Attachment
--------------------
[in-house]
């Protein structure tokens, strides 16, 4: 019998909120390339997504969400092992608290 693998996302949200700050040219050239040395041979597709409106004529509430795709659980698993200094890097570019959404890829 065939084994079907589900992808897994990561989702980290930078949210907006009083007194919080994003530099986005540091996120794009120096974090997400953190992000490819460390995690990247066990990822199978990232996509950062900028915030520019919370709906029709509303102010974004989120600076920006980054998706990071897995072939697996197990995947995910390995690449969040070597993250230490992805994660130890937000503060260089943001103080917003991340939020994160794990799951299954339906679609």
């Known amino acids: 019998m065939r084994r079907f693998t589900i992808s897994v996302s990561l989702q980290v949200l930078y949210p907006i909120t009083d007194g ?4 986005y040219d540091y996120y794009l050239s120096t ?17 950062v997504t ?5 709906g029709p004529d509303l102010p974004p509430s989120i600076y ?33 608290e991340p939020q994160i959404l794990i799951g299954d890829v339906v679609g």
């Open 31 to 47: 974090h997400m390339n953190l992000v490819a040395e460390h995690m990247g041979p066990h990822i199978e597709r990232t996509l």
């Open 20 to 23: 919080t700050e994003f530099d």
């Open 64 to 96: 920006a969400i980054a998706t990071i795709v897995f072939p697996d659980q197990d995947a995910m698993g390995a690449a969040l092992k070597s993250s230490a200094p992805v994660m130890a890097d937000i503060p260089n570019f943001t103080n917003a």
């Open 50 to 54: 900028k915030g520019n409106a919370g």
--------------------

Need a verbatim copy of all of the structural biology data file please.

[in-house]
């Protein structure tokens, strides 16, 4: 019998909120390339997504969400092992608290 693998996302949200700050040219050239040395041979597709409106004529509430795709659980698993200094890097570019959404890829 065939084994079907589900992808897994990561989702980290930078949210907006009083007194919080994003530099986005540091996120794009120096974090997400953190992000490819460390995690990247066990990822199978990232996509950062900028915030520019919370709906029709509303102010974004989120600076920006980054998706990071897995072939697996197990995947995910390995690449969040070597993250230490992805994660130890937000503060260089943001103080917003991340939020994160794990799951299954339906679609």
């Known amino acids: 019998m065939r084994r079907f693998t589900i992808s897994v996302s990561l989702q980290v949200l930078y949210p907006i909120t009083d007194g ?4 986005y040219d540091y996120y794009l050239s120096t ?17 950062v997504t ?5 709906g029709p004529d509303l102010p974004p509430s989120i600076y ?33 608290e991340p939020q994160i959404l794990i799951g299954d890829v339906v679609g």
């Open 31 to 47: 974090h997400m390339n953190l992000v490819a040395e460390h995690m990247g041979p066990h990822i199978e597709r990232t996509l």
């Open 20 to 23: 919080t700050e994003f530099d």
């Open 64 to 96: 920006a969400i980054a998706t990071i795709v897995f072939p697996d659980q197990d995947a995910m698993g390995a690449a969040l092992k070597s993250s230490a200094p992805v994660m130890a890097d937000i503060p260089n570019f943001t103080n917003a």
């Open 50 to 54: 900028k915030g520019n409106a919370g």